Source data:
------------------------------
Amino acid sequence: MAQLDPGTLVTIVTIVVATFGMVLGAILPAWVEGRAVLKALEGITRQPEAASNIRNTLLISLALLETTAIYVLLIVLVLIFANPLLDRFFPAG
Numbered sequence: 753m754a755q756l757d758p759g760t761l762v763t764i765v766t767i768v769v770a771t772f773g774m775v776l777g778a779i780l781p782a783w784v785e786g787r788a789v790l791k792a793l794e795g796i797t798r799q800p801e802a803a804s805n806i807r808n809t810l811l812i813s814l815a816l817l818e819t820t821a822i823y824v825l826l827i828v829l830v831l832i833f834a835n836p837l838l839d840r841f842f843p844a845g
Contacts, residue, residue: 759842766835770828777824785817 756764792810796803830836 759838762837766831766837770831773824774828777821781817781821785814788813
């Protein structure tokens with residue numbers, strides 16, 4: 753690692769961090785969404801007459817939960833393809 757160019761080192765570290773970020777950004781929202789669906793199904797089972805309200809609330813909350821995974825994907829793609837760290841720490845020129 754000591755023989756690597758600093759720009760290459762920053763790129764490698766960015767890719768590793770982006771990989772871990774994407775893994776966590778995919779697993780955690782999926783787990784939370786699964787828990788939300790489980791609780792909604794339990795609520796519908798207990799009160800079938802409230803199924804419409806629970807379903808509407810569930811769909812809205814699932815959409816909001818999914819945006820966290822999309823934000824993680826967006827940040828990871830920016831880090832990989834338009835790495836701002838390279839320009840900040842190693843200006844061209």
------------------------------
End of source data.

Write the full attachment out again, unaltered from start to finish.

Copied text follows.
Amino acid sequence: MAQLDPGTLVTIVTIVVATFGMVLGAILPAWVEGRAVLKALEGITRQPEAASNIRNTLLISLALLETTAIYVLLIVLVLIFANPLLDRFFPAG
Numbered sequence: 753m754a755q756l757d758p759g760t761l762v763t764i765v766t767i768v769v770a771t772f773g774m775v776l777g778a779i780l781p782a783w784v785e786g787r788a789v790l791k792a793l794e795g796i797t798r799q800p801e802a803a804s805n806i807r808n809t810l811l812i813s814l815a816l817l818e819t820t821a822i823y824v825l826l827i828v829l830v831l832i833f834a835n836p837l838l839d840r841f842f843p844a845g
Contacts, residue, residue: 759842766835770828777824785817 756764792810796803830836 759838762837766831766837770831773824774828777821781817781821785814788813
């Protein structure tokens with residue numbers, strides 16, 4: 753690692769961090785969404801007459817939960833393809 757160019761080192765570290773970020777950004781929202789669906793199904797089972805309200809609330813909350821995974825994907829793609837760290841720490845020129 754000591755023989756690597758600093759720009760290459762920053763790129764490698766960015767890719768590793770982006771990989772871990774994407775893994776966590778995919779697993780955690782999926783787990784939370786699964787828990788939300790489980791609780792909604794339990795609520796519908798207990799009160800079938802409230803199924804419409806629970807379903808509407810569930811769909812809205814699932815959409816909001818999914819945006820966290822999309823934000824993680826967006827940040828990871830920016831880090832990989834338009835790495836701002838390279839320009840900040842190693843200006844061209």